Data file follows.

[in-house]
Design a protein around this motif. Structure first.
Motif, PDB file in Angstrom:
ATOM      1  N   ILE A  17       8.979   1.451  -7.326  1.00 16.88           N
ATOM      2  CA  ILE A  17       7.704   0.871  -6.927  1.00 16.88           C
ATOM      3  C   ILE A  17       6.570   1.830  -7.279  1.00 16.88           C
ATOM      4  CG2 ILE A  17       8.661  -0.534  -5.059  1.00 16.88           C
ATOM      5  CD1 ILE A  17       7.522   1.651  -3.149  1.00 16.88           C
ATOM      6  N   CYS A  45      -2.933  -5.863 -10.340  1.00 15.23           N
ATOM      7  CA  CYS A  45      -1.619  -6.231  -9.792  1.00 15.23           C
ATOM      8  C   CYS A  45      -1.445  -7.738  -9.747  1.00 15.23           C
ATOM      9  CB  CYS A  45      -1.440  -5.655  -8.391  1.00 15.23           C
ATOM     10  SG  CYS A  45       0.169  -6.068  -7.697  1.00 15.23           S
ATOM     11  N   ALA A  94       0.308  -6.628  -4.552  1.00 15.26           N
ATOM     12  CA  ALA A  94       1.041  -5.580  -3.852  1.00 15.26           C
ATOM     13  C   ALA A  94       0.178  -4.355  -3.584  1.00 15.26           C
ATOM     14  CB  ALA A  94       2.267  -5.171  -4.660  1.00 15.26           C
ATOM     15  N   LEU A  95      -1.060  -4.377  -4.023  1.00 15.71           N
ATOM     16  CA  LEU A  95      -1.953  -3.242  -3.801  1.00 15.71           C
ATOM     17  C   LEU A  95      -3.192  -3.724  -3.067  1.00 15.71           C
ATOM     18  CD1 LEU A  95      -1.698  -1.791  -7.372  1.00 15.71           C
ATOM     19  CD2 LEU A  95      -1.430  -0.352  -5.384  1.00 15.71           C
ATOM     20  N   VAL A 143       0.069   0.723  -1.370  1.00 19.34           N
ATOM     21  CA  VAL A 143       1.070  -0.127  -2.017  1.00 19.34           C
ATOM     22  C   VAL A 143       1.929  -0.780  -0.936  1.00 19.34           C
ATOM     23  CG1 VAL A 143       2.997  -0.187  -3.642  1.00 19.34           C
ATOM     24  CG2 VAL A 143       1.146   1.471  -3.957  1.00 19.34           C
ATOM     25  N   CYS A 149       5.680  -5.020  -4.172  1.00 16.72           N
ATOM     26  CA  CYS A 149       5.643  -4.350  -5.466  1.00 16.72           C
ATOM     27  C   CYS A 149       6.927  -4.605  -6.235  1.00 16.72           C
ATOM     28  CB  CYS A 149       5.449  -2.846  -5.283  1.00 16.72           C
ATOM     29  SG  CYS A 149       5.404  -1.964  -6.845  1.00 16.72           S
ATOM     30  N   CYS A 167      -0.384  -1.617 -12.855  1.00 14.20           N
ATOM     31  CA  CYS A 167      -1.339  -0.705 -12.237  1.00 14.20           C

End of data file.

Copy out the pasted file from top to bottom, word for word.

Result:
[in-house]
Design a protein around this motif. Structure first.
Motif, PDB file in Angstrom:
ATOM      1  N   ILE A  17       8.979   1.451  -7.326  1.00 16.88           N
ATOM      2  CA  ILE A  17       7.704   0.871  -6.927  1.00 16.88           C
ATOM      3  C   ILE A  17       6.570   1.830  -7.279  1.00 16.88           C
ATOM      4  CG2 ILE A  17       8.661  -0.534  -5.059  1.00 16.88           C
ATOM      5  CD1 ILE A  17       7.522   1.651  -3.149  1.00 16.88           C
ATOM      6  N   CYS A  45      -2.933  -5.863 -10.340  1.00 15.23           N
ATOM      7  CA  CYS A  45      -1.619  -6.231  -9.792  1.00 15.23           C
ATOM      8  C   CYS A  45      -1.445  -7.738  -9.747  1.00 15.23           C
ATOM      9  CB  CYS A  45      -1.440  -5.655  -8.391  1.00 15.23           C
ATOM     10  SG  CYS A  45       0.169  -6.068  -7.697  1.00 15.23           S
ATOM     11  N   ALA A  94       0.308  -6.628  -4.552  1.00 15.26           N
ATOM     12  CA  ALA A  94       1.041  -5.580  -3.852  1.00 15.26           C
ATOM     13  C   ALA A  94       0.178  -4.355  -3.584  1.00 15.26           C
ATOM     14  CB  ALA A  94       2.267  -5.171  -4.660  1.00 15.26           C
ATOM     15  N   LEU A  95      -1.060  -4.377  -4.023  1.00 15.71           N
ATOM     16  CA  LEU A  95      -1.953  -3.242  -3.801  1.00 15.71           C
ATOM     17  C   LEU A  95      -3.192  -3.724  -3.067  1.00 15.71           C
ATOM     18  CD1 LEU A  95      -1.698  -1.791  -7.372  1.00 15.71           C
ATOM     19  CD2 LEU A  95      -1.430  -0.352  -5.384  1.00 15.71           C
ATOM     20  N   VAL A 143       0.069   0.723  -1.370  1.00 19.34           N
ATOM     21  CA  VAL A 143       1.070  -0.127  -2.017  1.00 19.34           C
ATOM     22  C   VAL A 143       1.929  -0.780  -0.936  1.00 19.34           C
ATOM     23  CG1 VAL A 143       2.997  -0.187  -3.642  1.00 19.34           C
ATOM     24  CG2 VAL A 143       1.146   1.471  -3.957  1.00 19.34           C
ATOM     25  N   CYS A 149       5.680  -5.020  -4.172  1.00 16.72           N
ATOM     26  CA  CYS A 149       5.643  -4.350  -5.466  1.00 16.72           C
ATOM     27  C   CYS A 149       6.927  -4.605  -6.235  1.00 16.72           C
ATOM     28  CB  CYS A 149       5.449  -2.846  -5.283  1.00 16.72           C
ATOM     29  SG  CYS A 149       5.404  -1.964  -6.845  1.00 16.72           S
ATOM     30  N   CYS A 167      -0.384  -1.617 -12.855  1.00 14.20           N
ATOM     31  CA  CYS A 167      -1.339  -0.705 -12.237  1.00 14.20           C